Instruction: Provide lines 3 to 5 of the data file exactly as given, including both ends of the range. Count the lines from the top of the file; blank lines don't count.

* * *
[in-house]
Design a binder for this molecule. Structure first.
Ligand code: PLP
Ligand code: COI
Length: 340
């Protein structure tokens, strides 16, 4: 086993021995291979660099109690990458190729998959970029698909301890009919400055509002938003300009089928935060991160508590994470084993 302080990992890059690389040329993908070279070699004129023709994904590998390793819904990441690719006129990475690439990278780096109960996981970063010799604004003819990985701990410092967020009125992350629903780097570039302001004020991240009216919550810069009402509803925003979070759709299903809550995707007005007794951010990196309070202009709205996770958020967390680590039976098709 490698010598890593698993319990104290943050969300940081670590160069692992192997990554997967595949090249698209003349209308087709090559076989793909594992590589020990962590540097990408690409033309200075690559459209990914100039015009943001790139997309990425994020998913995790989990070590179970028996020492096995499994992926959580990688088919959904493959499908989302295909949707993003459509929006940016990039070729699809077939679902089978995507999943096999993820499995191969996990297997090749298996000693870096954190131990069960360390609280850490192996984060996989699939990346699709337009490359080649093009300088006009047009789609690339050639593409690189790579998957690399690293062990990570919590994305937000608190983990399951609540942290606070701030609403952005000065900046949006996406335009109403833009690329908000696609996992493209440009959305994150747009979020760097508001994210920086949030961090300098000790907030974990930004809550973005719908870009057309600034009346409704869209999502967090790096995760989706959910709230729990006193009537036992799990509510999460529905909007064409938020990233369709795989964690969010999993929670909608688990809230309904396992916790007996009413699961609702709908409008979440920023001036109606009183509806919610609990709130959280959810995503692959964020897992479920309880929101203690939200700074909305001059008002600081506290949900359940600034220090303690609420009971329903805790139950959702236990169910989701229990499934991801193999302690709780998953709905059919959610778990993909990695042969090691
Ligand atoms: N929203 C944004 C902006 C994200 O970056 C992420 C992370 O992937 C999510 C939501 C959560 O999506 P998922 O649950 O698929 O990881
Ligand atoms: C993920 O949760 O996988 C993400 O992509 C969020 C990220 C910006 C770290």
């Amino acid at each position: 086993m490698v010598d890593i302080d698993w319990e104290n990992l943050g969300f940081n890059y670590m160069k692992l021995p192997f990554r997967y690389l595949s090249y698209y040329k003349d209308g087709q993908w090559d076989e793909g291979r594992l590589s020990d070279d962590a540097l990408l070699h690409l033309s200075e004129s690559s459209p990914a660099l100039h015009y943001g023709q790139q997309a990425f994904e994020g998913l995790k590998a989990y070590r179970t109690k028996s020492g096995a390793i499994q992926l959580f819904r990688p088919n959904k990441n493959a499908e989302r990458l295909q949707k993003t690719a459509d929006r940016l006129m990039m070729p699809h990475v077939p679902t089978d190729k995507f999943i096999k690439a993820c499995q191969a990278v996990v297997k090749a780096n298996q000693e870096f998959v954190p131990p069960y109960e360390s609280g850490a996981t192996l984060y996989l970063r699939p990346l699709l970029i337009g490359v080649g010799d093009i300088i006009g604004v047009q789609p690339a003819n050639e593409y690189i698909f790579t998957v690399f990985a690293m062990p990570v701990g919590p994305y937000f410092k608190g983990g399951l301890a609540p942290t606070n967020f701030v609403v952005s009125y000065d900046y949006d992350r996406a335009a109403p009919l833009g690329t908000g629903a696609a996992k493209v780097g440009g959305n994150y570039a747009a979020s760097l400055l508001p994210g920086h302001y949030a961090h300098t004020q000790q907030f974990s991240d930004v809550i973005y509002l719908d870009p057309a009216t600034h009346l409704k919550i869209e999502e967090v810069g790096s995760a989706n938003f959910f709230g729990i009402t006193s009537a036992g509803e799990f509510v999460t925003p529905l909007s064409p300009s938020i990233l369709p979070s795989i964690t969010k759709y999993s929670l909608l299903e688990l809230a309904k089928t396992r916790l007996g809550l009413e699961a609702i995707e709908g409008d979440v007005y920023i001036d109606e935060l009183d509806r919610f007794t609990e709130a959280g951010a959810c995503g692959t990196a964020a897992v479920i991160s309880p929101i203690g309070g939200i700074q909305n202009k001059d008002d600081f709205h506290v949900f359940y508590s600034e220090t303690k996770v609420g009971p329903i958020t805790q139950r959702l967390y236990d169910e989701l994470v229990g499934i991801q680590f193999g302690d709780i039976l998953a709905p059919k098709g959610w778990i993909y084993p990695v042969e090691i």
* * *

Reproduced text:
Ligand code: PLP
Ligand code: COI
Length: 340